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Only One Heart: Loretto and Indigenous Peoples

Posted on October 4, 2020, by Loretto Community

Postcard of Osage Mission, from the collections of the Loretto Heritage Center

“As we grow in trust through friends gathered around the table, we are learning how God takes our time and makes it sacred.”

Trappist Father James Behrens OCSO

Loretto still stands at the borders along the tribal lands, remembering our presence there in the past century to now. How much we have learned from our ancestors on the land where they were first. We hold on to all the blessings.

In 1847 the Jesuits opened a school for members of the Osage tribe in Osage, Kan. Soon it was realized that the girls of the tribal families needed the same education. Father John Schoenmakers SJ set about the difficult task of finding a group of religious women to run his girl’s boarding school. In St. Louis he talked to several orders of nuns. None were willing or able to go. Discouraged, he traveled to Kentucky to visit the Loretto Motherhouse in Nerinx. The Sisters of Loretto were receptive to his call because of their long respect for their co-founder Father Charles Nerinckx, whose desire was that they work with the Osage. Their ranks included sophisticated, well-educated young women who had vowed to serve the missionary works of God. On Oct. 10, 1847, Father Schoenmakers returned to the mission with Mother Concordia Henning and Sisters Bridget Hayden, Mary Petronilla van Prater and Vincentia McCool. The Osage School for Girls opened on the day of their arrival.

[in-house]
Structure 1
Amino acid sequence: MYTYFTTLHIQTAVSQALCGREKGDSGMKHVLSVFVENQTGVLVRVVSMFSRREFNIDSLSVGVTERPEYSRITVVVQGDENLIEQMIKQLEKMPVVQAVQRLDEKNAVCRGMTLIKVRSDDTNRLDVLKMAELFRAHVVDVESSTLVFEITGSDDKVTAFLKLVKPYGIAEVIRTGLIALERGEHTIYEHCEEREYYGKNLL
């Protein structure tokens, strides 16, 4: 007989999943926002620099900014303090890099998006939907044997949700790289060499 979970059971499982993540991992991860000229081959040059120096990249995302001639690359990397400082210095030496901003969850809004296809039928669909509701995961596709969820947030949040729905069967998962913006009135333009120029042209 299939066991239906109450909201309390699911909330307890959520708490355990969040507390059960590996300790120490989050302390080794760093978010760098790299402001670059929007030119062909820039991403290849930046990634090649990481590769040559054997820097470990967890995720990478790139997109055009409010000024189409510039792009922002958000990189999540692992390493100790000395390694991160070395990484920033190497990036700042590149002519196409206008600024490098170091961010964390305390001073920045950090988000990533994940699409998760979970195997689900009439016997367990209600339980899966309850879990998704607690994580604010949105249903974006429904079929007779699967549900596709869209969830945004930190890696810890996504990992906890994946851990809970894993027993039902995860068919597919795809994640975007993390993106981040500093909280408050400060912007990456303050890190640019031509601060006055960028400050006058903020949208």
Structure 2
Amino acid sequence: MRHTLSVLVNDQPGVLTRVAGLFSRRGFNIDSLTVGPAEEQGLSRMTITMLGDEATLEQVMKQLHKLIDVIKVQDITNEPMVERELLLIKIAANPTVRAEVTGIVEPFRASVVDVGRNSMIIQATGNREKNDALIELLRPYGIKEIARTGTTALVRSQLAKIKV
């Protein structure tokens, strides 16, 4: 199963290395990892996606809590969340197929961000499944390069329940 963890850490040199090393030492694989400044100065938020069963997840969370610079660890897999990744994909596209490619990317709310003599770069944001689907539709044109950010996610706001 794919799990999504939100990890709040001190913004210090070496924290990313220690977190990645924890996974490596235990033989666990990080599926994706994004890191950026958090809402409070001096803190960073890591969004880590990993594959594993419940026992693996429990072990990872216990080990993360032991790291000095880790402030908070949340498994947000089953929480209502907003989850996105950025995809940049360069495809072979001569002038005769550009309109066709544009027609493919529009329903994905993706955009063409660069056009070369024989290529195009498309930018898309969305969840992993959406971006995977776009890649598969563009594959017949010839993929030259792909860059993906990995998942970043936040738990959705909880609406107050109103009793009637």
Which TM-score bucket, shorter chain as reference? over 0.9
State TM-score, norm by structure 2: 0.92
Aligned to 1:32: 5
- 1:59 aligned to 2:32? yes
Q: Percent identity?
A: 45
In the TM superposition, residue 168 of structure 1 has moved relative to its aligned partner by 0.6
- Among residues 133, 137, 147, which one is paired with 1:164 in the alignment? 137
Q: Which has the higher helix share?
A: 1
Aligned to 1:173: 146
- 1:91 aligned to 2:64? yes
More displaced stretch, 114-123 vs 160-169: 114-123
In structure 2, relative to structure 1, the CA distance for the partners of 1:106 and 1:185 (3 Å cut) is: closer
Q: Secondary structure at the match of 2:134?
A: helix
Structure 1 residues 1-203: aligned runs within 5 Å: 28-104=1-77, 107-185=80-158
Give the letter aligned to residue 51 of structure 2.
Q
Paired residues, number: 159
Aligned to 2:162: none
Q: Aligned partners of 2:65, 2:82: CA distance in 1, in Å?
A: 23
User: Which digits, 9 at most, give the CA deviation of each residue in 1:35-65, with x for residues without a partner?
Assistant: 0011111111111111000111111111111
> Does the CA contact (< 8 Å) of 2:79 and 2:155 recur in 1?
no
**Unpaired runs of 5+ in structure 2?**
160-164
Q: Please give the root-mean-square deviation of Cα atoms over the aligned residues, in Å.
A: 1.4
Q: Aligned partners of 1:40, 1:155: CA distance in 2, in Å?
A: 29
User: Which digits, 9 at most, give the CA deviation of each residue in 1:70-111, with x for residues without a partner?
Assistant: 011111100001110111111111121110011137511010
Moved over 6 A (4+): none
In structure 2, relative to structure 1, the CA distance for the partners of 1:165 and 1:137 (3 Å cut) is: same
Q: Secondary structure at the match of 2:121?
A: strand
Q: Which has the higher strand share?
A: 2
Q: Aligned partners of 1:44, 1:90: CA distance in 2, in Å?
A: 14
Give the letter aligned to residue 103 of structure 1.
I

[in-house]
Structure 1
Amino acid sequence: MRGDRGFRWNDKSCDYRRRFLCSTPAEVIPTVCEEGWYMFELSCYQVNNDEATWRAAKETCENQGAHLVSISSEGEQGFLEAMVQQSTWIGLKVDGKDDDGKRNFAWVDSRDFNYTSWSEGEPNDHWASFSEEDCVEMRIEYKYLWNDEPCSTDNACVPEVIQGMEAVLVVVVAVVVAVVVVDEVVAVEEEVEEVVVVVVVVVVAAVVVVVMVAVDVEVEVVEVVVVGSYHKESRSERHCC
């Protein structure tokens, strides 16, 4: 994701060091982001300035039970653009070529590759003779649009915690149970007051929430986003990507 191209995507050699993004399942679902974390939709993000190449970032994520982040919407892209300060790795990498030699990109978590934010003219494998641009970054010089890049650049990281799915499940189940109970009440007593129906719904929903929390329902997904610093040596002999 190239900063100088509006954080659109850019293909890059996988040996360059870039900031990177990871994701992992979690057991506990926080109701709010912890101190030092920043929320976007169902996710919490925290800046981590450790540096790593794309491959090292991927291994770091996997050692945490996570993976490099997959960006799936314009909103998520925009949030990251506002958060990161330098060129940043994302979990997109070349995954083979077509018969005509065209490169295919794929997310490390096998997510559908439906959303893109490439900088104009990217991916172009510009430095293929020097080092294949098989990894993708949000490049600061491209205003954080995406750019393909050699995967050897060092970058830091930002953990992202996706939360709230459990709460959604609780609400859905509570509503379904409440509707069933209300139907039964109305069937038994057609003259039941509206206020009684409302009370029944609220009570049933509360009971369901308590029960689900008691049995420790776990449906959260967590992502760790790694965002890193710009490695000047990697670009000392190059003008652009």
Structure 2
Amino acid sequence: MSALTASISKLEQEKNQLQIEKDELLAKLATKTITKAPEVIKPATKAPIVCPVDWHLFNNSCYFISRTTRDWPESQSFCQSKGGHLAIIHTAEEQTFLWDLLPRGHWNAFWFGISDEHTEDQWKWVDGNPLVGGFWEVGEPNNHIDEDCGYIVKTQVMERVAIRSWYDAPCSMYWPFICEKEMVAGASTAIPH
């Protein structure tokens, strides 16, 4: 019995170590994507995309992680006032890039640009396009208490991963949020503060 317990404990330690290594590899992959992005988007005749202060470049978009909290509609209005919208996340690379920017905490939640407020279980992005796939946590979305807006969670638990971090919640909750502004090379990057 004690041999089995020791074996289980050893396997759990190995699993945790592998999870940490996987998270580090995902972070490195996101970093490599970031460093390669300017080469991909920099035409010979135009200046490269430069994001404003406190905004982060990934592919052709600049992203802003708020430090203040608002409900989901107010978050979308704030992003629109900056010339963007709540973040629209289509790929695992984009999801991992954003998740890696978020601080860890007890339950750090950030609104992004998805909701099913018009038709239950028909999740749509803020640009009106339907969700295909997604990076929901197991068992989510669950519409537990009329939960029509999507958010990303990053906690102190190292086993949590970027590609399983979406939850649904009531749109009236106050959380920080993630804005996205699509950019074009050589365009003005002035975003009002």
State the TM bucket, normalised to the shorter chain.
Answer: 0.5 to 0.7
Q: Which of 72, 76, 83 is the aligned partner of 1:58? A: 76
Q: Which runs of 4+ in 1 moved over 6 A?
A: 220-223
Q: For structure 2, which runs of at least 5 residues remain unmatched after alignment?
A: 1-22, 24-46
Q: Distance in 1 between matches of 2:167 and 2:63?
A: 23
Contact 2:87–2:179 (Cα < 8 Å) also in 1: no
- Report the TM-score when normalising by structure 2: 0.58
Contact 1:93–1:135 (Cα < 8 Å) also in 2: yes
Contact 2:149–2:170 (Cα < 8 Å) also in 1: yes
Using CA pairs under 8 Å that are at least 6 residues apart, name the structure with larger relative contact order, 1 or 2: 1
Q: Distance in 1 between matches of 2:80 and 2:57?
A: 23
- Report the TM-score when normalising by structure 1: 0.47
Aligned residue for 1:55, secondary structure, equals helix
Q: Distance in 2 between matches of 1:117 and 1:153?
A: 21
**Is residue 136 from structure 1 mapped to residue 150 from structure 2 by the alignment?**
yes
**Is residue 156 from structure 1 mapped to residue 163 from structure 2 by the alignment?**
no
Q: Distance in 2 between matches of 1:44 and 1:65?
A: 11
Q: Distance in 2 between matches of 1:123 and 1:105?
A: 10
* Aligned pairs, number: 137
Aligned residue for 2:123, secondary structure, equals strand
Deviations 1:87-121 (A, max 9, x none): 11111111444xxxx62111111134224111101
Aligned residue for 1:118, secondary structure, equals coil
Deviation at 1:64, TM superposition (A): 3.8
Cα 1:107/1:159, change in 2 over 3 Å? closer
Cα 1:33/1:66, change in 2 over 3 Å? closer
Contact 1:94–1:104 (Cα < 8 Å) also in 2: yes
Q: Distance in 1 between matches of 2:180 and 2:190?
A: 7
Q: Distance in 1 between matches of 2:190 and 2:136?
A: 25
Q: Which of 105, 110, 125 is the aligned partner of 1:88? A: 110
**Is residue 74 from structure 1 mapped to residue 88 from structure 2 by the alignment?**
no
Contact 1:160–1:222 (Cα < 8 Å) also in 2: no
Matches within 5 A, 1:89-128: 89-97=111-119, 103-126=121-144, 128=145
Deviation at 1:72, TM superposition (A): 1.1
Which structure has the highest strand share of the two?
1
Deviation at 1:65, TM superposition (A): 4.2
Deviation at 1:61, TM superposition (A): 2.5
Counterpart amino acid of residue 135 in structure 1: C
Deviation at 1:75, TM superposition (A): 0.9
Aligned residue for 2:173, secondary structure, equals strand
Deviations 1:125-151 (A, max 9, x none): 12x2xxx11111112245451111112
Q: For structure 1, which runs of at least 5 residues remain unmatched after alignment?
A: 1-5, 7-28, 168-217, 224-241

The mission functioned precariously. The nine Jesuit and Loretto missionaries were among few white people in the region, and all but one of them were immigrants.  Kansas was not yet a territory, and statehood was 14 years in the future.

In Loretto’s early history working with Native Americans, while we thought of our work as mission, that work came about through a contract with the U.S. government to operate boarding schools on tribal lands. We now more fully understand that the government’s purpose to contract such work was in connection with its efforts to pacify Indigenous Peoples. In 2017, some members of the Osage people from the tribal center in Oklahoma who visited our Archives in Nerinx, Ky., helped us to understand that their community lost contact with their own youth in the 25 years or so that followed Loretto’s opening and operating the Osage Mission school. We acknowledge that while Loretto’s intent was to try to do good then, from the vantage point of what we know now, our efforts are seen by some as highly problematic. It also must be acknowledged that Loretto has never wavered in recognizing the interconnectedness of all peoples. Living among Indigenous Peoples deepened our connections to Earth’s gifts. We will never erase our memory and common bonds.

The beauty of the plains and the desert accompanied the friendship of the people who lived there centuries before Loretto searched for belonging. “Welcome,” they said. “Welcome.” What Loretto learned was nourishing. It shaped our identity and teaching. We wondered at the exchange of learning. We were vulnerable to be open to the new and beautiful cultures.

Our long history in the Southwest called for partnerships and new collaborations. We learned so much. We were changed by our friendships with the Native communities. Our spirituality was deepened by those human experiences, and we are thankful for new paths to God.